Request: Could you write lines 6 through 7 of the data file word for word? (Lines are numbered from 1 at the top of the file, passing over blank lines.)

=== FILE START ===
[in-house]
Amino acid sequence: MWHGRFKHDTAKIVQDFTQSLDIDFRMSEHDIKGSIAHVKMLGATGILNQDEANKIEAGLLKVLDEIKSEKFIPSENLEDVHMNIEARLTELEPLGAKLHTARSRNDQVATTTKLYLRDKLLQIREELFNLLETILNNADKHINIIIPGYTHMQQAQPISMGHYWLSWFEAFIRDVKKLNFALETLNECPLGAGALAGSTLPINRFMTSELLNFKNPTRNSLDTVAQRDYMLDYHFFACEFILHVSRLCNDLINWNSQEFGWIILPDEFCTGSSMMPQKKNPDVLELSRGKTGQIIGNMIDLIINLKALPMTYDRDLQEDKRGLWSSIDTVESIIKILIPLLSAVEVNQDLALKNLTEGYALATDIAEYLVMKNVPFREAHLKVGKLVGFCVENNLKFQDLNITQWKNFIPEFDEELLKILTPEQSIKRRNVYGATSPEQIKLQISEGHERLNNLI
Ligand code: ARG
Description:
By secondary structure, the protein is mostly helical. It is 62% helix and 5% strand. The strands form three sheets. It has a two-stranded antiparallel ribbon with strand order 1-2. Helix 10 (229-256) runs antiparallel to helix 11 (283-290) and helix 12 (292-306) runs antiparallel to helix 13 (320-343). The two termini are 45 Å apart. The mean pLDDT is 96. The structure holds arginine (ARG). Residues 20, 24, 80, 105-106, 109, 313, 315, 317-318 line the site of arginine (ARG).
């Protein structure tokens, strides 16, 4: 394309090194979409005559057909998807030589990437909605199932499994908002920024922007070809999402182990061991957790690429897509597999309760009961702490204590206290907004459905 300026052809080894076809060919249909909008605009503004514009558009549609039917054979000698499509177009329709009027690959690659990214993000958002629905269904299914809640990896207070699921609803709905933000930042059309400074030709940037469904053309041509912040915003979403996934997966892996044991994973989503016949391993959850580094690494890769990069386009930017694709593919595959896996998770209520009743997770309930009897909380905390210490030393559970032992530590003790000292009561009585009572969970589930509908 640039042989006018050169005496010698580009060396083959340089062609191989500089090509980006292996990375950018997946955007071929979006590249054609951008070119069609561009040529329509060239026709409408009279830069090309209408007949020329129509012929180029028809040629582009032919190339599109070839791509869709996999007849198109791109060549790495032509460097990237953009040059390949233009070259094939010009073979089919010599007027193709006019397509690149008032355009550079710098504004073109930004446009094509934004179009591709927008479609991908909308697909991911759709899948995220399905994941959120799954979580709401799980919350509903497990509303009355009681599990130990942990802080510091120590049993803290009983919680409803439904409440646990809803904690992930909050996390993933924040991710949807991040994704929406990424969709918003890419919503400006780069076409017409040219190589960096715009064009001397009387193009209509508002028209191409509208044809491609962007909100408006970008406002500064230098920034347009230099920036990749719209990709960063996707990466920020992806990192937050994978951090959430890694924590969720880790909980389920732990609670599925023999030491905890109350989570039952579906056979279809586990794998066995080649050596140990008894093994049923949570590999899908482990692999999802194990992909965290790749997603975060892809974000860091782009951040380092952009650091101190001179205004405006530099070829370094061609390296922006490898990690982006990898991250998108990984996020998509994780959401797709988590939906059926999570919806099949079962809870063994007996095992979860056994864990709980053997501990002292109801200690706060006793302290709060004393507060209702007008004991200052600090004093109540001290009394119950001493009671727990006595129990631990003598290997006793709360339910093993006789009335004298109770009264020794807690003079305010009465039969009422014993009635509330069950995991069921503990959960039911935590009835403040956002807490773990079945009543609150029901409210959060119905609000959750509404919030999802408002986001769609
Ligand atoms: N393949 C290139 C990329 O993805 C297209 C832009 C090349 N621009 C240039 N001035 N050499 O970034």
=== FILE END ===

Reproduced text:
């Protein structure tokens, strides 16, 4: 394309090194979409005559057909998807030589990437909605199932499994908002920024922007070809999402182990061991957790690429897509597999309760009961702490204590206290907004459905 300026052809080894076809060919249909909008605009503004514009558009549609039917054979000698499509177009329709009027690959690659990214993000958002629905269904299914809640990896207070699921609803709905933000930042059309400074030709940037469904053309041509912040915003979403996934997966892996044991994973989503016949391993959850580094690494890769990069386009930017694709593919595959896996998770209520009743997770309930009897909380905390210490030393559970032992530590003790000292009561009585009572969970589930509908 640039042989006018050169005496010698580009060396083959340089062609191989500089090509980006292996990375950018997946955007071929979006590249054609951008070119069609561009040529329509060239026709409408009279830069090309209408007949020329129509012929180029028809040629582009032919190339599109070839791509869709996999007849198109791109060549790495032509460097990237953009040059390949233009070259094939010009073979089919010599007027193709006019397509690149008032355009550079710098504004073109930004446009094509934004179009591709927008479609991908909308697909991911759709899948995220399905994941959120799954979580709401799980919350509903497990509303009355009681599990130990942990802080510091120590049993803290009983919680409803439904409440646990809803904690992930909050996390993933924040991710949807991040994704929406990424969709918003890419919503400006780069076409017409040219190589960096715009064009001397009387193009209509508002028209191409509208044809491609962007909100408006970008406002500064230098920034347009230099920036990749719209990709960063996707990466920020992806990192937050994978951090959430890694924590969720880790909980389920732990609670599925023999030491905890109350989570039952579906056979279809586990794998066995080649050596140990008894093994049923949570590999899908482990692999999802194990992909965290790749997603975060892809974000860091782009951040380092952009650091101190001179205004405006530099070829370094061609390296922006490898990690982006990898991250998108990984996020998509994780959401797709988590939906059926999570919806099949079962809870063994007996095992979860056994864990709980053997501990002292109801200690706060006793302290709060004393507060209702007008004991200052600090004093109540001290009394119950001493009671727990006595129990631990003598290997006793709360339910093993006789009335004298109770009264020794807690003079305010009465039969009422014993009635509330069950995991069921503990959960039911935590009835403040956002807490773990079945009543609150029901409210959060119905609000959750509404919030999802408002986001769609
Ligand atoms: N393949 C290139 C990329 O993805 C297209 C832009 C090349 N621009 C240039 N001035 N050499 O970034």